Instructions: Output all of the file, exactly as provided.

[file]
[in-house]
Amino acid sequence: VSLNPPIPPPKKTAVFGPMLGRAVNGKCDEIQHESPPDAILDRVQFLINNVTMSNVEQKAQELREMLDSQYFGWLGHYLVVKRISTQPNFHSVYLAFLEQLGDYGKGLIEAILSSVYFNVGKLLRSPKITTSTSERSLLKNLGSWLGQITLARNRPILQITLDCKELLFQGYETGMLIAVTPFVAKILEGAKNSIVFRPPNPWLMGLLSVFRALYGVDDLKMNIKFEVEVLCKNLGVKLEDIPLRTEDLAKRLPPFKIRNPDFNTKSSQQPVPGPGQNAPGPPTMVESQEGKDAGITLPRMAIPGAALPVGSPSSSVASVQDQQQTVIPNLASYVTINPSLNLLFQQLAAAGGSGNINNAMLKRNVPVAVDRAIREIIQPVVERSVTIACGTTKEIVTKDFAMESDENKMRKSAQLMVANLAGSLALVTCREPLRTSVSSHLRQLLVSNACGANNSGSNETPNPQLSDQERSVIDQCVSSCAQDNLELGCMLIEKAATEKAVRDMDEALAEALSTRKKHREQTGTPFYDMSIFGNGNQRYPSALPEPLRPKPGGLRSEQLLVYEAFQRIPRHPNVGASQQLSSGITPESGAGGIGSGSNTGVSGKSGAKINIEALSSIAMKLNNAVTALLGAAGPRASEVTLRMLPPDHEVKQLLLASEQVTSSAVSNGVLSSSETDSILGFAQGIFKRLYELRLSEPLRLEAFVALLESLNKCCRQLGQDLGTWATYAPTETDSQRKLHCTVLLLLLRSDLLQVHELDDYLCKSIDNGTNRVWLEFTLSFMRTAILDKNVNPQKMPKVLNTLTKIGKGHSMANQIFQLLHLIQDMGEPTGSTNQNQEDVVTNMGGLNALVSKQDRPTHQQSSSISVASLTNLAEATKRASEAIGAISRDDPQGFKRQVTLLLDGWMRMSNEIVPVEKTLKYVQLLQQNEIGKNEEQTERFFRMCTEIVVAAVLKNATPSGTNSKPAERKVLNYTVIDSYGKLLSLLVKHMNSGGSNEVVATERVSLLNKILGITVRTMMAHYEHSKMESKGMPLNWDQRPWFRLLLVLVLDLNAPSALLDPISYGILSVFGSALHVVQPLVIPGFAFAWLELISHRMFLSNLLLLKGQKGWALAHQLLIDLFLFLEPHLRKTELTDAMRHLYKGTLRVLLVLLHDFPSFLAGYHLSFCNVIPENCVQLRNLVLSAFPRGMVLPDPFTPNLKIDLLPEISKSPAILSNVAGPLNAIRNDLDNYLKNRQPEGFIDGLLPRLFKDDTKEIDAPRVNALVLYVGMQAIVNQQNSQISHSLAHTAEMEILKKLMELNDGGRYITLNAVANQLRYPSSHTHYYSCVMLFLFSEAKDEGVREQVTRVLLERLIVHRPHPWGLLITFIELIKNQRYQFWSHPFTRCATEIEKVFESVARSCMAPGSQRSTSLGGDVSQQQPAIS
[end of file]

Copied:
[in-house]
Amino acid sequence: VSLNPPIPPPKKTAVFGPMLGRAVNGKCDEIQHESPPDAILDRVQFLINNVTMSNVEQKAQELREMLDSQYFGWLGHYLVVKRISTQPNFHSVYLAFLEQLGDYGKGLIEAILSSVYFNVGKLLRSPKITTSTSERSLLKNLGSWLGQITLARNRPILQITLDCKELLFQGYETGMLIAVTPFVAKILEGAKNSIVFRPPNPWLMGLLSVFRALYGVDDLKMNIKFEVEVLCKNLGVKLEDIPLRTEDLAKRLPPFKIRNPDFNTKSSQQPVPGPGQNAPGPPTMVESQEGKDAGITLPRMAIPGAALPVGSPSSSVASVQDQQQTVIPNLASYVTINPSLNLLFQQLAAAGGSGNINNAMLKRNVPVAVDRAIREIIQPVVERSVTIACGTTKEIVTKDFAMESDENKMRKSAQLMVANLAGSLALVTCREPLRTSVSSHLRQLLVSNACGANNSGSNETPNPQLSDQERSVIDQCVSSCAQDNLELGCMLIEKAATEKAVRDMDEALAEALSTRKKHREQTGTPFYDMSIFGNGNQRYPSALPEPLRPKPGGLRSEQLLVYEAFQRIPRHPNVGASQQLSSGITPESGAGGIGSGSNTGVSGKSGAKINIEALSSIAMKLNNAVTALLGAAGPRASEVTLRMLPPDHEVKQLLLASEQVTSSAVSNGVLSSSETDSILGFAQGIFKRLYELRLSEPLRLEAFVALLESLNKCCRQLGQDLGTWATYAPTETDSQRKLHCTVLLLLLRSDLLQVHELDDYLCKSIDNGTNRVWLEFTLSFMRTAILDKNVNPQKMPKVLNTLTKIGKGHSMANQIFQLLHLIQDMGEPTGSTNQNQEDVVTNMGGLNALVSKQDRPTHQQSSSISVASLTNLAEATKRASEAIGAISRDDPQGFKRQVTLLLDGWMRMSNEIVPVEKTLKYVQLLQQNEIGKNEEQTERFFRMCTEIVVAAVLKNATPSGTNSKPAERKVLNYTVIDSYGKLLSLLVKHMNSGGSNEVVATERVSLLNKILGITVRTMMAHYEHSKMESKGMPLNWDQRPWFRLLLVLVLDLNAPSALLDPISYGILSVFGSALHVVQPLVIPGFAFAWLELISHRMFLSNLLLLKGQKGWALAHQLLIDLFLFLEPHLRKTELTDAMRHLYKGTLRVLLVLLHDFPSFLAGYHLSFCNVIPENCVQLRNLVLSAFPRGMVLPDPFTPNLKIDLLPEISKSPAILSNVAGPLNAIRNDLDNYLKNRQPEGFIDGLLPRLFKDDTKEIDAPRVNALVLYVGMQAIVNQQNSQISHSLAHTAEMEILKKLMELNDGGRYITLNAVANQLRYPSSHTHYYSCVMLFLFSEAKDEGVREQVTRVLLERLIVHRPHPWGLLITFIELIKNQRYQFWSHPFTRCATEIEKVFESVARSCMAPGSQRSTSLGGDVSQQQPAIS